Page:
It turns out that the change I reported here for the week of Jan 30, the one that made exact Boolean work on meshes with holes (like Suzanne), caused a dramatic slowdown on large non-manifold meshes. While I don't really guarantee support for non-manifold meshes, I want it to work as well as possible in those cases. The fix I made then was to do inside-outside testing per triangle rather than per patch (a patch is a large set of manifoldly-connected faces). I needed to be able to use the old per-patch way in the usual case, and only use the per-triangle way when needed. Since I couldn't figure out a way to decide automatically, I made a new parameter, Hole Tolerant, which when true, will use the slower method. It is false by default. I had to change the modifier UI to expose this parameter, and since the UI was getting kind of messy with exact-mode specific parameters, I decided to make a separate "Solver options" subpanel to hold them. Commit rB1ba15f1f.
Other fixes this week:
- Fix T85948 Exact boolean crash with some nonplanar ngons. rB88e4fa91
- Fix T86308 Crash in Exact Boolean when have custom normal layer. rB88e4fa91
- Fix T85632 Improve Exact boolean in cell fracture of Suzanne. rBb30f8991
- Fix modernize-raw-string-literal complaints from clang-tidy. rB7a34bd7c
2021 February 22 - February 28
While I started to look at the Fast Obj I/O code, and merged in current master, got no more work done on it this week.
I fixed some bugs:
- Fix T85948 Exact boolean crash with some nonplanar ngons. rBf3d60c68
- Fix T86082 Bevel messed up UVs on some multisegment bevels. rBcfd766ce
2021 February 8 - February 21
In that past two weeks I finished an improvement to the Exact Boolean modifier that I've been working on for a while: skipping the round trip through BMesh. This was submitted as rBa3f091d7
When I originally coded Exact Boolean, I didn't need BMesh so I used my own Mesh representation called IMesh. In Blender, modifiers work on Mesh inputs and produce a Mesh output (Meshes are what are persisted in .blend files; they are like BMesh but BMesh includes topology structures that Mesh doesn't have). So it is wasteful to convert all of the operands to BMesh, then to IMesh, then back to Bmesh, and then back to Mesh.
Now with the above commit, the Exact mode Boolean modifier skips the BMesh intermediate forms (and thus, doesn't have to calculate as much topology). On a sample Boolean between two spheres, with a total of 262K quads, the Exact Boolean now goes 33% faster.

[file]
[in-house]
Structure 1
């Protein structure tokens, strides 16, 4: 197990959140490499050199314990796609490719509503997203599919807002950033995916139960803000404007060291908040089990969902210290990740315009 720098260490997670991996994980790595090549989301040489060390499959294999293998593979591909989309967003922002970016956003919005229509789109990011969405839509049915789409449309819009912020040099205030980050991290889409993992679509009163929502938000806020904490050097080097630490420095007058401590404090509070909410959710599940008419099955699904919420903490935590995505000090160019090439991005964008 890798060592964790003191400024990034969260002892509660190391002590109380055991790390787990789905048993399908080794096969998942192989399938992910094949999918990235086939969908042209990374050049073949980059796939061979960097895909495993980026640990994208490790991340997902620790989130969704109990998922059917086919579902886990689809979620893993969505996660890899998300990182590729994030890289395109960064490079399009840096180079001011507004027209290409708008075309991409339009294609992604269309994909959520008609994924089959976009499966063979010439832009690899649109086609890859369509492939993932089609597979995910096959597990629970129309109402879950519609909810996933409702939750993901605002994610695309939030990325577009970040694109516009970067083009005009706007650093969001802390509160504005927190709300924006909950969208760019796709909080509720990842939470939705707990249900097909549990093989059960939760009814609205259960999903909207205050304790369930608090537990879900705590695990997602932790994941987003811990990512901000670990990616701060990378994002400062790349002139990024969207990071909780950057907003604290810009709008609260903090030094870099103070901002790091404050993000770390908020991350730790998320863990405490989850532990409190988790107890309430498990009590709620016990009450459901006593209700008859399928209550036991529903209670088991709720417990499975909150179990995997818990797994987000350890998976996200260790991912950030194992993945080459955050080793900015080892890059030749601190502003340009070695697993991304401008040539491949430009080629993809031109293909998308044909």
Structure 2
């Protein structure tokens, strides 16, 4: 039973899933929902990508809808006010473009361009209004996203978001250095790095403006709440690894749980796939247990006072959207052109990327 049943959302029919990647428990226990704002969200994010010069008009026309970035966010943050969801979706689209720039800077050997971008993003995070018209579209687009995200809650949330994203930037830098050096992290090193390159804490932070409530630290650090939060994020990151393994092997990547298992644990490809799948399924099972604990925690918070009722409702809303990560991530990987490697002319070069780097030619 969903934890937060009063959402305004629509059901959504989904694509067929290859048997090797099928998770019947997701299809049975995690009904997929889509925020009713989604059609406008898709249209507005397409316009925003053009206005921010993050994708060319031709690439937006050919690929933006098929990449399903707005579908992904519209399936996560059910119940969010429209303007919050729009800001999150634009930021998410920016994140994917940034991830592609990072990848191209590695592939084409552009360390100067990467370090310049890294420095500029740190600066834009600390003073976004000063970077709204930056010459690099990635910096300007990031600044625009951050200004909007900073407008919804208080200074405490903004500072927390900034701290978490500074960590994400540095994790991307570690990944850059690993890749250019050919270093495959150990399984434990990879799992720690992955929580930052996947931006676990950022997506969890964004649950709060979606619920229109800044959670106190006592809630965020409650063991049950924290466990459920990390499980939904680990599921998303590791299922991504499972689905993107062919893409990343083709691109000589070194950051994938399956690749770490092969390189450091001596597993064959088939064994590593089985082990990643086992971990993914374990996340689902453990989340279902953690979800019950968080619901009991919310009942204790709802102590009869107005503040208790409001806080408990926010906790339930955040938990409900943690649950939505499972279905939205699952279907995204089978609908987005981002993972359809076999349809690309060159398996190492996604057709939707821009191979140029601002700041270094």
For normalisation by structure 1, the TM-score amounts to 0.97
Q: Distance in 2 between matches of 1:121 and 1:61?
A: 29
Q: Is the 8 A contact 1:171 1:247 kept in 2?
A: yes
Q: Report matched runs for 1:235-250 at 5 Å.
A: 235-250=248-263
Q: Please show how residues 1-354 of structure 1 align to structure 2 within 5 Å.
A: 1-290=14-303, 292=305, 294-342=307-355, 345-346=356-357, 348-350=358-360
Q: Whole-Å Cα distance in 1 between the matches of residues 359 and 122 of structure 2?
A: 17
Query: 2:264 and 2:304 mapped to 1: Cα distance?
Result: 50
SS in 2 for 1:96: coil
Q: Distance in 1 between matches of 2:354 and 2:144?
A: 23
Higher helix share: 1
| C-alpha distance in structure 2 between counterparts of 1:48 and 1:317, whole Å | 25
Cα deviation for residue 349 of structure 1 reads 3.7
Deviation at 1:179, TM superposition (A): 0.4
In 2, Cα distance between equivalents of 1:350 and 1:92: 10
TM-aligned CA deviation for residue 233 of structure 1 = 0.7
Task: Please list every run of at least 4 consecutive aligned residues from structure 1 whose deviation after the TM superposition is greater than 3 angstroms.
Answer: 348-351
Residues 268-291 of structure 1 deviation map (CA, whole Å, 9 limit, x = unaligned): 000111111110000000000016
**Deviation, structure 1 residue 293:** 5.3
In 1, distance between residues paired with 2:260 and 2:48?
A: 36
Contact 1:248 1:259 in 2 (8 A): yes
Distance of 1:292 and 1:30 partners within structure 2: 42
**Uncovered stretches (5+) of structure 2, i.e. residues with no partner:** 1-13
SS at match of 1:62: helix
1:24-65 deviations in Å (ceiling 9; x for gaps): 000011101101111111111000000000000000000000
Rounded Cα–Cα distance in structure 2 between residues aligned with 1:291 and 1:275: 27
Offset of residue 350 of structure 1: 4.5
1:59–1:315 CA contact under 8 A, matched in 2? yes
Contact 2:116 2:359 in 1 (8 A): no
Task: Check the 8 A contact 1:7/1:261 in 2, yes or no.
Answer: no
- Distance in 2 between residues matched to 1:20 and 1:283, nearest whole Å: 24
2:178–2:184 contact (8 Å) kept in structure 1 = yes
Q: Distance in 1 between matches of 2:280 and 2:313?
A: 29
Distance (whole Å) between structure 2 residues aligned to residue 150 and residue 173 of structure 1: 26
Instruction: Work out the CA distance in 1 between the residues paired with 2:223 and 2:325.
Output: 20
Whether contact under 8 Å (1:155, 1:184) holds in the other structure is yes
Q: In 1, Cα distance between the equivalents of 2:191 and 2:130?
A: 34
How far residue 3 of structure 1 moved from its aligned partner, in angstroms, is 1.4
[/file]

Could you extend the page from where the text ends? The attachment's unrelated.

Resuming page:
I also added some modeling ideas to the GSoC 2021 ideas page.
While I have many more ideas for speeding up Exact Boolean, I think I will take a detour and spend some time on helping get last summer's Fast OBJ I/O into Master. I was a co-mentor for that, and it would be a pity not to have it land.
2021 January 30 - February 7
I'm a volunteer Blender Developer, making contributions in my spare time. My reports may not be every-weekly, and they may be more verbose than some, as I want to explain the reasoning behind what I'm working on.
The general issue was that Exact Boolean (and Fast Boolean, for that matter) were intended to be volume operations, where all of the operands need to represent enclosed volumes. In particular, the algorithm I implemented for Exact Boolean requires the operands to be PWN (Piecewise constant winding number), which approximately means that the edges are all manifold. The code has an algorithm that determines "insideness" and "outsideness" by partitioning the intersected meshes into cells -- enclosed volumes of space -- delimited by patches -- maximal sets of contiguous faces ending at non-manifold edges. This algorithm doesn't work if the inputs are not PWN.
In cases where the operands are not PWN, Exact Boolean needed a fallback option, because users continue to try to use Boolean in such cases and have expectations about what will happen. Sometimes those expectations are just to take almost-closed operands and behave as if they were closed (as an example, Blender's monkey -- Suzanne -- has open eye sockets, and separate eyes inside them; users would like this to behave as if the sockets were closed). In other cases, users want to use the Difference mode as a way to trim off pieces of a mesh (for example, using a plane to bisect and throw away part of a model).